When tuning the Pololus some variants have no end stop on the trim-pot and going past the zero point can cause all sorts of strange symptoms and should be avoided. When first starting out set it to the mid point and work from there. On many of the Pololu style stepper driver designs the wiper of the trim-pot is at the current set voltage and you can connect a volt meter to the screwdriver blade and monitor the set-point as you adjust and write down the values for later if you have to replace of exchange modules at some point. The 2 steppers can often be set to slightly different values, the X motor has a lot less mass to move around though it may be planned for operating faster with rastering.

RE: Jump in X-axis when engraving - Added by depronman almost 9 years ago

I would expect the two steppers on the laser cutter drawing a total of 1.5 to 2.0 amps maximum. Any more than that an you have a axis binding.
I found adjusting the trimmer on the drivers was fairly easy, I turned them to around 75% as a starting point, then with the axis stationary, but power up, I increased the trimmer until the motor started to buzz slightly, then back it off until the buzzing stopped. Repeat for the other stepper driver.

This will provide a basic setting to get you running and will air on the side of overpowering the steppers and should not skip steppers, now run a few large cutting or better still engraving jobs and monitor the temperature of the two steppers, if they are warm to the touch, but not hot after about 10 mins of running they are about right, if hot then tuen the stepper driver trimmer down a little. If you turn the trimmers down too far the axis will skip steps, which is not easy to see on a laser cutter, hence the My idea is set off the the current on the high side and work down.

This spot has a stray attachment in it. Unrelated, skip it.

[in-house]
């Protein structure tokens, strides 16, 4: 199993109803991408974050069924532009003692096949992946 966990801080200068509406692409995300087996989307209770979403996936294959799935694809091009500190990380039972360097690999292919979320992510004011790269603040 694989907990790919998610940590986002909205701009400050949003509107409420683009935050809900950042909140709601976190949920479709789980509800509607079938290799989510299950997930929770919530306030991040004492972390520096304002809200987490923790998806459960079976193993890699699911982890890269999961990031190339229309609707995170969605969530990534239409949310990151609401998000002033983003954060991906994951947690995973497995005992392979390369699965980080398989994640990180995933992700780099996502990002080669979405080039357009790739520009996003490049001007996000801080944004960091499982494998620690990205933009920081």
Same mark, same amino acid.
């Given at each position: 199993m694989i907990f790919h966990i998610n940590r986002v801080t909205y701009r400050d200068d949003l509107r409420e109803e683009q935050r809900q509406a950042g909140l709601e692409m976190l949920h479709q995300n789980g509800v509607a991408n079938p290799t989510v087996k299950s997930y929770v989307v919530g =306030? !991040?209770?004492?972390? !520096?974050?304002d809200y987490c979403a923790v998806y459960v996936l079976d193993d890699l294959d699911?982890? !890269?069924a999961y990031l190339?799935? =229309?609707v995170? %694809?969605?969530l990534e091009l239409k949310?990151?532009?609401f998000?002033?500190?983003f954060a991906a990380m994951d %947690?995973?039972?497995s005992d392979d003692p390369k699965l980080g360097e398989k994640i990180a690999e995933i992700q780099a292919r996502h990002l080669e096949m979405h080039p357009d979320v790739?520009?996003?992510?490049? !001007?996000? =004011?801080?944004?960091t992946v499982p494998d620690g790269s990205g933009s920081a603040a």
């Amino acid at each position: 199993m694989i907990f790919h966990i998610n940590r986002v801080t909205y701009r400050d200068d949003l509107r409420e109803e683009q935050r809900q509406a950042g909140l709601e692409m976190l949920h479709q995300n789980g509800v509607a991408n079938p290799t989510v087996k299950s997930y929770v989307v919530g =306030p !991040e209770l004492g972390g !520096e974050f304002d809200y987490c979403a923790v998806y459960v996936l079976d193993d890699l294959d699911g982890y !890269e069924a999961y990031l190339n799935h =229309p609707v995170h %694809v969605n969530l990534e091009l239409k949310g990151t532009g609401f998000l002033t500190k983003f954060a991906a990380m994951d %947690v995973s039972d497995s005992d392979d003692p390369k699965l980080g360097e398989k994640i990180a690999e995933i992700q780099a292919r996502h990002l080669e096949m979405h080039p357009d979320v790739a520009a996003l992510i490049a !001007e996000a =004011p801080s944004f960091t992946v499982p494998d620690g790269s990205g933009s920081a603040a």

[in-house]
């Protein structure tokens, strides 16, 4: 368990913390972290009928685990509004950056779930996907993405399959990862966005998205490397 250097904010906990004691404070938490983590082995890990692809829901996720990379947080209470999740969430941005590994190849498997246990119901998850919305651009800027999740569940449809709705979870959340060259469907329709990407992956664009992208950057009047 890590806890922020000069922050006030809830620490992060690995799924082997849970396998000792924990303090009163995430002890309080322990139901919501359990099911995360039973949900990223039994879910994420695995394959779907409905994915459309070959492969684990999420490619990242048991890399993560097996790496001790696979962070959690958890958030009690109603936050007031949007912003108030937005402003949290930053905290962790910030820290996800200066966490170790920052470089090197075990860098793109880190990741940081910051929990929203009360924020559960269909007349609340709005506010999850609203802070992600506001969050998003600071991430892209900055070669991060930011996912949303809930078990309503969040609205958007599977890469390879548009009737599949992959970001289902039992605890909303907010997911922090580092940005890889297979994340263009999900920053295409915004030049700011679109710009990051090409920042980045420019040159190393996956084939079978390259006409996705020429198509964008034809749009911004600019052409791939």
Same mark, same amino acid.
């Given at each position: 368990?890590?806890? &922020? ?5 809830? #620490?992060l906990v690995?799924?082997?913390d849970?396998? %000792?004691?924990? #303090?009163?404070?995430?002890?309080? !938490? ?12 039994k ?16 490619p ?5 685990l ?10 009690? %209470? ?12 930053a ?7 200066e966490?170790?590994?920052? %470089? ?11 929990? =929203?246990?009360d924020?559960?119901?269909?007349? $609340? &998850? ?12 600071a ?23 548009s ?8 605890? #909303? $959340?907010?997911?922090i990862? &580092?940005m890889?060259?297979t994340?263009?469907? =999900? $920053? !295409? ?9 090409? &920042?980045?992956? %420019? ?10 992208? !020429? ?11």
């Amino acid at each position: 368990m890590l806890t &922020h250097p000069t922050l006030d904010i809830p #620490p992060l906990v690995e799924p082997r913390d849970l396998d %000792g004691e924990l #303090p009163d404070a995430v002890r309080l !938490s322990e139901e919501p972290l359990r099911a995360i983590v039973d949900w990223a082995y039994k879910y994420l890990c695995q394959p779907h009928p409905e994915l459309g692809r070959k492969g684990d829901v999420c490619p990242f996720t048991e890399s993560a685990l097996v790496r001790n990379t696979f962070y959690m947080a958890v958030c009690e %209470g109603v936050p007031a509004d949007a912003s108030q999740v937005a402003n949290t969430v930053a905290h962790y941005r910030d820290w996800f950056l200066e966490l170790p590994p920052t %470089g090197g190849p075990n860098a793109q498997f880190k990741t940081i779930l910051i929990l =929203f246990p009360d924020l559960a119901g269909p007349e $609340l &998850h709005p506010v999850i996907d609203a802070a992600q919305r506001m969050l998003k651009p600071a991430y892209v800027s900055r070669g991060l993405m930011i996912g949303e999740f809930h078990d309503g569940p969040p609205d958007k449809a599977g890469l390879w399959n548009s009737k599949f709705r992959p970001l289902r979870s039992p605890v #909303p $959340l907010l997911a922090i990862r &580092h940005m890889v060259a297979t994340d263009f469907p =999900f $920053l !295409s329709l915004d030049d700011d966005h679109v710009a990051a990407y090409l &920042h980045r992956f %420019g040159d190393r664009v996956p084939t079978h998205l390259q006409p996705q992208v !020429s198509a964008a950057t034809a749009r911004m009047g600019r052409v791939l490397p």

I have a home brew 3D printer which uses the same drivers and I set them up in the same manor, now the 3D printers works the drivers and steppers MUCH harder than the laser cutter, I have tuned the 3D printer over a few hours of running to the sweet spot where by the motors run barely warm, but they don't skip steps. This took a lot more effort on the 3D printer than it did on the laser cutter due to the laser cutter being far kinder on the steppers.

Best of luck with the tuning

RE: Jump in X-axis when engraving - Added by AmmO almost 9 years ago

Thanks. Will post when fully operative.